The other issue in the relatively confined domestic situation is the downside of adding more channels. Even the very best systems make a bit of noise. So as you add channels then you downgrade the S/N of the system. So you have 11 audio channels plus the sub/LFE channels. So at a minimum for a system like this you are going to have 13 amp channels. In this system because of active triamping of two speakers and active biamping of three, the number of amp channels is 18.

Anyway you slice it that is a significant outlay on power amps to say the least, to say nothing of the power bill, space required and the design and implementation of the necessary ventilation.

So with the power amps and active crossover on alone, the room is quiet and no improvement in S/N would be required. Add the pre/pro in the mix, and you can just hear noise in a very quiet room. It does not ever intrude in program. However you can see that adding further channels would probably push things over the edge.

So I think for the size of a domestic room we are at the realistic limit now, unless we go to more expensive electronics with improved S/N beyond the weighted 100 db.
That is the S/N of each channel in the pre/pro. The power amps are 105 db unweighted, which is why you do not hear them.

Putting 30 or more speakers in a domestic space is just not sensible or practical on any level. Actually it is daft.

So my view is that 11 audio channels and 2 sub channels works very well indeed for a properly spaced three row cinema. I can see that 13 audio channels might be required for a four row theater. After that you are getting into the realms of professional audio.

I suspect the number of domestic AV rooms of the size of this one is very small and ones greater then 4 rows is likely miniscule.
 
Philnick

Philnick

Enthusiast
TLSGuy: To address your concern about wildly exaggerated surround levels - I'm only talking about a boost of about two decibels in most cases.

Of course our ears will - and should - favor the sound from the front. What I'm saying is that the automatic processing shouldn't artificially reduce the level of the off-axis sound, playing it quieter than intended by the mixing engineer. That's the effect of using an omnidirectional microphone, which hears the mix differently than the mixing engineer, because it doesn't attenuate sound from the rear and above the way our ears do, leading the room correction circuitry to do too much attenuation, distorting the mix.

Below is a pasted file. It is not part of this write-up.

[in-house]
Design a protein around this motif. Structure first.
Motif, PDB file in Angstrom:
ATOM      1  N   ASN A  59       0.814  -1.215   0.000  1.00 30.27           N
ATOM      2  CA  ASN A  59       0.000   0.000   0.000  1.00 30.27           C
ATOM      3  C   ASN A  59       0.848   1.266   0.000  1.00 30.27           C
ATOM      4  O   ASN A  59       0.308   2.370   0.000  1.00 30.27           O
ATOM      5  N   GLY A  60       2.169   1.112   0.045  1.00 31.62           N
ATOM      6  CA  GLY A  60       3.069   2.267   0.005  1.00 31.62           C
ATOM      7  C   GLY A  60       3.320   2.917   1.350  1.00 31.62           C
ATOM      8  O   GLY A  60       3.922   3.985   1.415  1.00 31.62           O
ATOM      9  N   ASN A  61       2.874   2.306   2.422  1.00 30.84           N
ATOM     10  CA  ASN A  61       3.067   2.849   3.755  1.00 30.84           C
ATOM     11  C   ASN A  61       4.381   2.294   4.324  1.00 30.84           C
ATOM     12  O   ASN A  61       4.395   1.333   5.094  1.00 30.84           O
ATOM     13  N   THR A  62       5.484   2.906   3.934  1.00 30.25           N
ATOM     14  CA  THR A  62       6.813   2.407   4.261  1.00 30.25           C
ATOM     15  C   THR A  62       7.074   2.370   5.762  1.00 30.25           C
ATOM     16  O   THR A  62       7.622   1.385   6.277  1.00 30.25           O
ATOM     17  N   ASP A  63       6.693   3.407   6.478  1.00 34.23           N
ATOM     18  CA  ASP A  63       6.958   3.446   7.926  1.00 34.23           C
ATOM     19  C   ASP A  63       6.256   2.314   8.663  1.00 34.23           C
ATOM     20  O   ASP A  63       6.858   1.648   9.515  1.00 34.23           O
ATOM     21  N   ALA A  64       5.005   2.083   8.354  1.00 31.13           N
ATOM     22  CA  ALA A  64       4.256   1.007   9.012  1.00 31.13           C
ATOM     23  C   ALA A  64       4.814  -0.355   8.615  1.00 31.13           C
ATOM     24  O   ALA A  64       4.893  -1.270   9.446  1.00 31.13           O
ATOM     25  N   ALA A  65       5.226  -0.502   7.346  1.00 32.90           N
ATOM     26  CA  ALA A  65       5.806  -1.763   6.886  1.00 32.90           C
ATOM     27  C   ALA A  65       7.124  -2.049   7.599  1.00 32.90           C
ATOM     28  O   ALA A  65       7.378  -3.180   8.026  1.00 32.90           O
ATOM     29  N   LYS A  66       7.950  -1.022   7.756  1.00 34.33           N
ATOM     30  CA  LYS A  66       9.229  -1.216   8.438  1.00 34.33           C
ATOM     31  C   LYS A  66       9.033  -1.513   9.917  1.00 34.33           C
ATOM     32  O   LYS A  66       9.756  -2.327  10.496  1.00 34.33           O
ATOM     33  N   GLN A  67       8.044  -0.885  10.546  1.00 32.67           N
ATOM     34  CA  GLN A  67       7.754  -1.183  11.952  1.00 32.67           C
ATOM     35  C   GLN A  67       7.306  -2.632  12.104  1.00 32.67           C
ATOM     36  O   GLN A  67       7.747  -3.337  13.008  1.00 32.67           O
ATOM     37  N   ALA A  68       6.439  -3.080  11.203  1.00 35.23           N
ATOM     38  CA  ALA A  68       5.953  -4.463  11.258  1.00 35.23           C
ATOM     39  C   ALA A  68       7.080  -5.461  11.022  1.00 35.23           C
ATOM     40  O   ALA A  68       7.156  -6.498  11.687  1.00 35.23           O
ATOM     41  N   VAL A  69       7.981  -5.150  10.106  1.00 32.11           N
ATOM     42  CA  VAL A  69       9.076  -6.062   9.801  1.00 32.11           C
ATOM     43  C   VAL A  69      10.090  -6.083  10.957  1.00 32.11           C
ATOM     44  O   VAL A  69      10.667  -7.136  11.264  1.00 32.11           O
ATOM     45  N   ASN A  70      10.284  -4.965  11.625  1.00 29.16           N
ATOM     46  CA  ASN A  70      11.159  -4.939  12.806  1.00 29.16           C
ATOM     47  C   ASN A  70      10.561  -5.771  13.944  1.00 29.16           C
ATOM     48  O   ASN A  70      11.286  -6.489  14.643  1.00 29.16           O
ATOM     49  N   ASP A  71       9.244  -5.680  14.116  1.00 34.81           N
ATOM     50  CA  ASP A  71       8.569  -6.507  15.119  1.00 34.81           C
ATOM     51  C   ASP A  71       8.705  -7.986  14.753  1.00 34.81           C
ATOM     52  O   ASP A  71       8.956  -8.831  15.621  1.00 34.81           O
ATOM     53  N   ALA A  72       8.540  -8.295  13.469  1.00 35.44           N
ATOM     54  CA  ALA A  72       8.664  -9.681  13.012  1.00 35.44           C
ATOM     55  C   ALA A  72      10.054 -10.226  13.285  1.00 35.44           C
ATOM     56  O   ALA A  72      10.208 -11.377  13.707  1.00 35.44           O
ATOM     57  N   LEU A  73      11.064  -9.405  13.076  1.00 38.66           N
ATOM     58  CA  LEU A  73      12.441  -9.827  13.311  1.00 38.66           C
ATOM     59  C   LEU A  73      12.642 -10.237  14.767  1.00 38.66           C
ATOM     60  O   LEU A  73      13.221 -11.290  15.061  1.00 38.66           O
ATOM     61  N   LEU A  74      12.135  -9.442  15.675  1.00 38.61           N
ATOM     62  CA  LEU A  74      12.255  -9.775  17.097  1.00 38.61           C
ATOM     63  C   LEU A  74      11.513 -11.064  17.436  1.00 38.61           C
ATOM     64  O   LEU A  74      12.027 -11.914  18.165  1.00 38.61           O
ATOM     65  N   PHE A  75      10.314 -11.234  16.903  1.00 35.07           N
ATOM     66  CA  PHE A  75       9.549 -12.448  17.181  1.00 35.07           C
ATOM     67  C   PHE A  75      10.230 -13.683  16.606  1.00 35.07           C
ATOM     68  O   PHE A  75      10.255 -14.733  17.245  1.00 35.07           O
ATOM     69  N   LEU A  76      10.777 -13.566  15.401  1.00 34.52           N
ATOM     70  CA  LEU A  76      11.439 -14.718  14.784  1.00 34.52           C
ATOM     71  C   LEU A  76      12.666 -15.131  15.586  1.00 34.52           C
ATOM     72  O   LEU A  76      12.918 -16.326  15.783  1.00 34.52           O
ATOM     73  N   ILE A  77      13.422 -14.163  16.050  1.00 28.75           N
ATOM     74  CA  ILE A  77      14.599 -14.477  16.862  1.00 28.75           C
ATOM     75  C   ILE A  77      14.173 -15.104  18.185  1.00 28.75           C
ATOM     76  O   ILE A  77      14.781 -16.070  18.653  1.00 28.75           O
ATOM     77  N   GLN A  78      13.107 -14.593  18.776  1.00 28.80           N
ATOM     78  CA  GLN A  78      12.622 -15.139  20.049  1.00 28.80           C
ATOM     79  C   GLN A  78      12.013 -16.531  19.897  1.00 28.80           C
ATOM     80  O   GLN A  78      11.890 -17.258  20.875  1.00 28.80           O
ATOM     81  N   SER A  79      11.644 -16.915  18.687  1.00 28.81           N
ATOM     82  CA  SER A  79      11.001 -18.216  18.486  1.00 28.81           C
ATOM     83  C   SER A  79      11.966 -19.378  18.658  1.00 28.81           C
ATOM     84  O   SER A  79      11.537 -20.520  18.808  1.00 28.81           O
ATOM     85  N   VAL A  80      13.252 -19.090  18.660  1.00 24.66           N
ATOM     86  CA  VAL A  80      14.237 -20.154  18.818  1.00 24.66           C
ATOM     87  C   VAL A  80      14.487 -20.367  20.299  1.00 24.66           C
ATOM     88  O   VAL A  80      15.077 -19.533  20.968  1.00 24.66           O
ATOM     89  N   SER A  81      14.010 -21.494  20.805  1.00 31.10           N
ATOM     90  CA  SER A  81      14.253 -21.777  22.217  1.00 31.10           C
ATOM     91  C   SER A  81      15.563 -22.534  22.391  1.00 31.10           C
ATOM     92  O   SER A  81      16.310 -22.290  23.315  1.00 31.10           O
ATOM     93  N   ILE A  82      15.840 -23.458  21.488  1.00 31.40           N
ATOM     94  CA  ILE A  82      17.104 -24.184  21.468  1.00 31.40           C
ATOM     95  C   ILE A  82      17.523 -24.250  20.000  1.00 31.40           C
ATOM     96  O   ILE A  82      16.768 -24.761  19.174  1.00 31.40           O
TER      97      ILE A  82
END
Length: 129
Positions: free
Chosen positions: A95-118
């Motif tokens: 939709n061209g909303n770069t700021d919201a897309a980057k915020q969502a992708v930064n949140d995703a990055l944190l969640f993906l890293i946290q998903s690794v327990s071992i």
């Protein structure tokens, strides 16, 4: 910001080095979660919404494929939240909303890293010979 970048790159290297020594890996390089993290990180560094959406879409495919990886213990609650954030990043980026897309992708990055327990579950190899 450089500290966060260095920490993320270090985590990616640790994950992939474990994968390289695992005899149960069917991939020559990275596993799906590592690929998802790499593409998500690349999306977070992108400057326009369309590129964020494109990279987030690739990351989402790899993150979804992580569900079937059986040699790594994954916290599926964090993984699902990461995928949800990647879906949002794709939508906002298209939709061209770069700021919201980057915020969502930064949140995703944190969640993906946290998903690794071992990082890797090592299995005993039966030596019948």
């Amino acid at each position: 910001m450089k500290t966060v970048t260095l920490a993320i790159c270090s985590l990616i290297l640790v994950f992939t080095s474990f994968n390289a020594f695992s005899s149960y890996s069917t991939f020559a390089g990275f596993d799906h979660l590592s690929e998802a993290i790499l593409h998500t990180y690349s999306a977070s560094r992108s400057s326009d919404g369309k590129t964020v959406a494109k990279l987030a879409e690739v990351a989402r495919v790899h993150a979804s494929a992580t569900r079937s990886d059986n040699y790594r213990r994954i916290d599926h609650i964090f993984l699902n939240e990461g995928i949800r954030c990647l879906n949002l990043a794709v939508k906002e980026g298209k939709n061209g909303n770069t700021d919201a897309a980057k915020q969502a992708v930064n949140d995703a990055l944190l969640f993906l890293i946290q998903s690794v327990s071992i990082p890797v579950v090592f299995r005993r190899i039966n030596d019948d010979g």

I don't want exaggeratedly loud surrounds, I just don't want them artificially attenuated.

I'm saying the test tones should be level matched, not that the usually quiet surround sounds should made as loud as the principal sounds. I just don't want them rendered inaudible by an omnidirectional microphone telling the automation that they're louder than we can actually hear them.
 
D

daddyora

Enthusiast
May be the dumb question of today - which speakers are you referring to as "surround" ?
 
TLS Guy

TLS Guy

Audioholic Slumlord
May be the dumb question of today - which speakers are you referring to as "surround" ?
I don't know what Philnick is talking about, but I assume the surrounds and rear backs at least. Anyhow it is nonsense and a 2 db boost is unlikely to upset the apple cart.

One thing I do know, when facing forward you should NEVER be aware of any speakers behind you are above you unless there is an actual instrument or object in the location of that speaker or speakers. If you do, then they are too loud, or too severely miss matched from the fronts.
 
Philnick

Philnick

Enthusiast
By "surrounds" I mean any speaker (other than subwoofers) not part of the front soundstage (left, right and center). The left and right surround speakers may not need to be tweaked if they are in front of the main listening position. Similarly for the top front speakers, which - at the standard 15 degree elevation - should be unmolested by the pinnae.

PS You should not be aware of any of the speakers - just the sound field they all create.
 
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AcuDefTechGuy

AcuDefTechGuy

Audioholic Jedi
So then in the reproduced sound you want the same balance of forward, side, rear and ceiling sound. Then it will sound realistic, which it does. If you go turning up the rear, side speakers and Heaven knows what else, you HAVE destroyed and violated the natural balance.
Wait, are you saying that people should not manually adjust the sound levels in order to hear the sounds better?

What if the sound mixers don't have all the sounds "balanced"?

What if the dialogue level is too low or the Atmos ceiling sound effect level is too low?
 
TLS Guy

TLS Guy

Audioholic Slumlord
Wait, are you saying that people should not manually adjust the sound levels in order to hear the sounds better?

What if the sound mixers don't have all the sounds "balanced"?

What if the dialogue level is too low or the Atmos ceiling sound effect level is too low?
I'm saying that people can do what ever they want with their rigs.

However setting levels is something by my measurements and calculations is something that Audyssey does get right. It should, as leveling is a very simple program and it would be absurd if it could not do that much.